The issue of “missing girls” was recently identified in certain parts of Europe and Central Asia, particularly in Armenia, Azerbaijan and Georgia. This seminar will look at the latest research and focus on policy lessons from the international experience.
The issue of “missing girls”, manifesting in birth ratios strongly skewed in favor of boys, has received significant attention at the global level in the last few decades, particularly in Asian countries. It is associated with son preference and exacerbated by declining fertility and increased availability of sex-determining technologies in utero. The 2012 World Development Report (WDR) on Gender Equality and Development noted that 3.9 million women under 60 years of age are deemed “missing” each year. Unborn girls account for about 40 percent of these.
The phenomenon of “missing girls” was relatively recently identified in demographic trends in certain parts of Europe and Central Asia, particularly in Armenia, Azerbaijan and Georgia. Evidence for these countries remained scarce. This seminar will look at the latest research on “missing girls” in the South Caucasus to establish the severity and underlying causes of this phenomenon in these countries. A focus will be put on discussing policy lessons from international experience and recent research on gender equality and behavior – particularly the World Bank Development Reports on Gender Equality and Development and Mind, Society and Behavior - to inform the ongoing debate on policy options in the South Caucasus.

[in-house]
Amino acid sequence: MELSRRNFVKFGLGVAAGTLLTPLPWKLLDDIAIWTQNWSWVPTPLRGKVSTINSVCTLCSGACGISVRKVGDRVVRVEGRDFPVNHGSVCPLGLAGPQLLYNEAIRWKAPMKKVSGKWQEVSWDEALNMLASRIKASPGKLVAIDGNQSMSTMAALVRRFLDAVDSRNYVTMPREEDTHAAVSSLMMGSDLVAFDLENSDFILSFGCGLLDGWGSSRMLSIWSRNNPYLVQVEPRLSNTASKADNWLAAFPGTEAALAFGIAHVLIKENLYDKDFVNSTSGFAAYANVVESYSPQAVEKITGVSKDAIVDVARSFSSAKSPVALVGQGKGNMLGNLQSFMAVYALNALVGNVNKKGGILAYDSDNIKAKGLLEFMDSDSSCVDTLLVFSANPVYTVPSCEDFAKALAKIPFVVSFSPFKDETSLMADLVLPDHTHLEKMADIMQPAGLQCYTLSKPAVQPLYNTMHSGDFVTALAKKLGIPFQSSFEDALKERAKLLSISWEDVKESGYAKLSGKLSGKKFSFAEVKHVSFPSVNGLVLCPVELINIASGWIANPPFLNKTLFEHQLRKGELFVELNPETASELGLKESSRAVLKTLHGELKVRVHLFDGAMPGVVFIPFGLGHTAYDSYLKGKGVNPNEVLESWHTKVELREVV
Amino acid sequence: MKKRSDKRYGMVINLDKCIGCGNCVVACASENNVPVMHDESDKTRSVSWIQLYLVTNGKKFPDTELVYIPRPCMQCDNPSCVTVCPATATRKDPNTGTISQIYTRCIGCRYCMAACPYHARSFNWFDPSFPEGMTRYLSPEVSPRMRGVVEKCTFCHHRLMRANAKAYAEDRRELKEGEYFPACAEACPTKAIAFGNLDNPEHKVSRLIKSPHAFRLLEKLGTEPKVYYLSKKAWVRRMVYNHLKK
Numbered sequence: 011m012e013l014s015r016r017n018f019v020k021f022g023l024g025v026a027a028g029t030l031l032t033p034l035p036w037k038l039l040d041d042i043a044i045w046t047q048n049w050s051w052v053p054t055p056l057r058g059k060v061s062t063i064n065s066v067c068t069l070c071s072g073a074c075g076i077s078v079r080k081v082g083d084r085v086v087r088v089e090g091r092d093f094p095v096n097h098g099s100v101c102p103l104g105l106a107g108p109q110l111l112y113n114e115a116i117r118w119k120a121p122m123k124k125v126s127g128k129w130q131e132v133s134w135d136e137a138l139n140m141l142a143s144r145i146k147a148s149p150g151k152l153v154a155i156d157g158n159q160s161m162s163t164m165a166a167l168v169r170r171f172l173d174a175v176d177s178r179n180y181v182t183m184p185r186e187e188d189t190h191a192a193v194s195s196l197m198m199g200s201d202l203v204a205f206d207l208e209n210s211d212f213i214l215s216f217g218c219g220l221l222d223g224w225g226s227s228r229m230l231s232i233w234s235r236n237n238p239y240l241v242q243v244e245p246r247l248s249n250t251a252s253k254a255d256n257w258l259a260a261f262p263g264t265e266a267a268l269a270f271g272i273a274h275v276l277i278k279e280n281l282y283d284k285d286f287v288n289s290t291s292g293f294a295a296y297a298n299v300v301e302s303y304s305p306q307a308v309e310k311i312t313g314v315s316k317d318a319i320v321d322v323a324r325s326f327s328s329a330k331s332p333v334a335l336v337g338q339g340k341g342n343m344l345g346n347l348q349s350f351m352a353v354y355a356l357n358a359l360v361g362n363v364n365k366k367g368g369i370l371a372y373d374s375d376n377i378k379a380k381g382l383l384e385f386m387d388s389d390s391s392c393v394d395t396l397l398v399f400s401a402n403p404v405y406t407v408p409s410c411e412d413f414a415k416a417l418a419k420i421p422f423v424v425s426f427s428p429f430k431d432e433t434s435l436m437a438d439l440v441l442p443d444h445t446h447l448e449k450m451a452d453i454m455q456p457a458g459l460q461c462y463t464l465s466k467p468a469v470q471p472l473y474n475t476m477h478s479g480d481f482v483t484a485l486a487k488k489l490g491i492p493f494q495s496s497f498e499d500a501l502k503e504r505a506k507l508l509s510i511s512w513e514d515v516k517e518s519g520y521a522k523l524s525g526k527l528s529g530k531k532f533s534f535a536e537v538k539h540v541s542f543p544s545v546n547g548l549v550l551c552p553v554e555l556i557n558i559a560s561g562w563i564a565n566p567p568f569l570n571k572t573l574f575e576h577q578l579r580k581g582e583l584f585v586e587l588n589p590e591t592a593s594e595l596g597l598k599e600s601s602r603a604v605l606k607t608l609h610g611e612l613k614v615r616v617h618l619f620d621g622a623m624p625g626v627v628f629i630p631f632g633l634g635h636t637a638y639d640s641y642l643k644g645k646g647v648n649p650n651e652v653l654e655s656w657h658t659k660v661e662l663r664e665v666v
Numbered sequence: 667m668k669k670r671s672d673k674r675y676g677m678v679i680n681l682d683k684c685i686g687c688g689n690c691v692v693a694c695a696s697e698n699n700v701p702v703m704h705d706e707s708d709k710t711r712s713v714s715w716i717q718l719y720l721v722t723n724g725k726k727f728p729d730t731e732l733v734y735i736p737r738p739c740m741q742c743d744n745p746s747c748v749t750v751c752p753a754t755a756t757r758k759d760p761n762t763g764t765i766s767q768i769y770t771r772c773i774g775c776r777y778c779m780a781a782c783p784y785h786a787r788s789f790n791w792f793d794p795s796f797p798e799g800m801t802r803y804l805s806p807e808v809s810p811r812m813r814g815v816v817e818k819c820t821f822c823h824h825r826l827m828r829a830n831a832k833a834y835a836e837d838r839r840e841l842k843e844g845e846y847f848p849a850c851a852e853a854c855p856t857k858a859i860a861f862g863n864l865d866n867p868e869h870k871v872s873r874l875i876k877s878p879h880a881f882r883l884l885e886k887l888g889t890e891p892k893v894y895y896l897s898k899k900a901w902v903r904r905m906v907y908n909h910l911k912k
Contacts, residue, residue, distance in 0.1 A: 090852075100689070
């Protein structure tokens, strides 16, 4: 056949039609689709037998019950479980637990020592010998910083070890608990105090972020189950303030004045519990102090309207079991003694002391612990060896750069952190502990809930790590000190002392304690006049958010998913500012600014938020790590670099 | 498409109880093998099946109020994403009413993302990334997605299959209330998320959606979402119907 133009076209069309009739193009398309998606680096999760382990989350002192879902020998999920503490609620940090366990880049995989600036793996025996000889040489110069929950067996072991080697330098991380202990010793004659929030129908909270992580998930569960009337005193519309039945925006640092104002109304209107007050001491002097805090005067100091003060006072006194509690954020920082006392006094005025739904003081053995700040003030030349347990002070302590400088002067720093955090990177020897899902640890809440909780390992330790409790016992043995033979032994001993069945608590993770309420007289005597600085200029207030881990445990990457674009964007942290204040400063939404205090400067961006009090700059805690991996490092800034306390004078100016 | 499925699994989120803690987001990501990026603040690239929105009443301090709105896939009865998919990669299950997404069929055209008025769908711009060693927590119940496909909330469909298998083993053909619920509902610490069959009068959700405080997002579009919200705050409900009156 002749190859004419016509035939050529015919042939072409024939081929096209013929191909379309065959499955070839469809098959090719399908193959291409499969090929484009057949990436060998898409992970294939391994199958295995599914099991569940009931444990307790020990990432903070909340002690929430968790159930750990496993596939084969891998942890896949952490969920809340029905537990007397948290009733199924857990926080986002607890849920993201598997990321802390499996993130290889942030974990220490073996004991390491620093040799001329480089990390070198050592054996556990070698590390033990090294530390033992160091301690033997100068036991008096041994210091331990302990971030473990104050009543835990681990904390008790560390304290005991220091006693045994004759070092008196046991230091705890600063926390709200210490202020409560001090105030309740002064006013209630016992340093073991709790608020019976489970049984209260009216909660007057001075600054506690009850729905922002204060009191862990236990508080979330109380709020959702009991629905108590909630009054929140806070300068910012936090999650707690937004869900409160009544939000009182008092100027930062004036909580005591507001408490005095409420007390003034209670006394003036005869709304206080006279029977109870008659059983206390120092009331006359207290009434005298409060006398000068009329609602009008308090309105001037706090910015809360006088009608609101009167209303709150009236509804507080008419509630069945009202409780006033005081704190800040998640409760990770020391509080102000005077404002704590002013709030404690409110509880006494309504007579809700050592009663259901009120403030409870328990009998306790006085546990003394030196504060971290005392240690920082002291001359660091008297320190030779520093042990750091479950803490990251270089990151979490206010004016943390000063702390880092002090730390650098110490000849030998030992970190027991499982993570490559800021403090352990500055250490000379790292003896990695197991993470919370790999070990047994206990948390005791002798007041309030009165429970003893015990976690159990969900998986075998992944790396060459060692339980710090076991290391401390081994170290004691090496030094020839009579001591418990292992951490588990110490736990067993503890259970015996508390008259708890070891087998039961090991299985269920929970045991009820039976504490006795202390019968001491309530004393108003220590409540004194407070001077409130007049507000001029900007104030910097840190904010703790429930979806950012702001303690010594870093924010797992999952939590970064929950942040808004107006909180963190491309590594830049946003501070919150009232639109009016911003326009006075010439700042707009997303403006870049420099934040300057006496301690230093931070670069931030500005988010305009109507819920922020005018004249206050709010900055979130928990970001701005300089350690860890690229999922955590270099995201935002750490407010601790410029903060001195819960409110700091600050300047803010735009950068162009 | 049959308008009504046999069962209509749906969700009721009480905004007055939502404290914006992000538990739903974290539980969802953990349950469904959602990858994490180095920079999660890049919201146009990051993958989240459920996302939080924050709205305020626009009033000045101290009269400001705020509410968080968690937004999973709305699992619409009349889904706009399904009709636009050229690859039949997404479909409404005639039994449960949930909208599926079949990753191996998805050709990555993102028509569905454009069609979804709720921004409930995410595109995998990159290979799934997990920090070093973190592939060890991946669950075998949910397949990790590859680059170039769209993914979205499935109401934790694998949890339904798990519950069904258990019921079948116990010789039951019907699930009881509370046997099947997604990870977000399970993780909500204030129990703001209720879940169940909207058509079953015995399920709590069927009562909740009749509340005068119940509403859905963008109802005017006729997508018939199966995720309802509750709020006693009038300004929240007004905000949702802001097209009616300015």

More information here.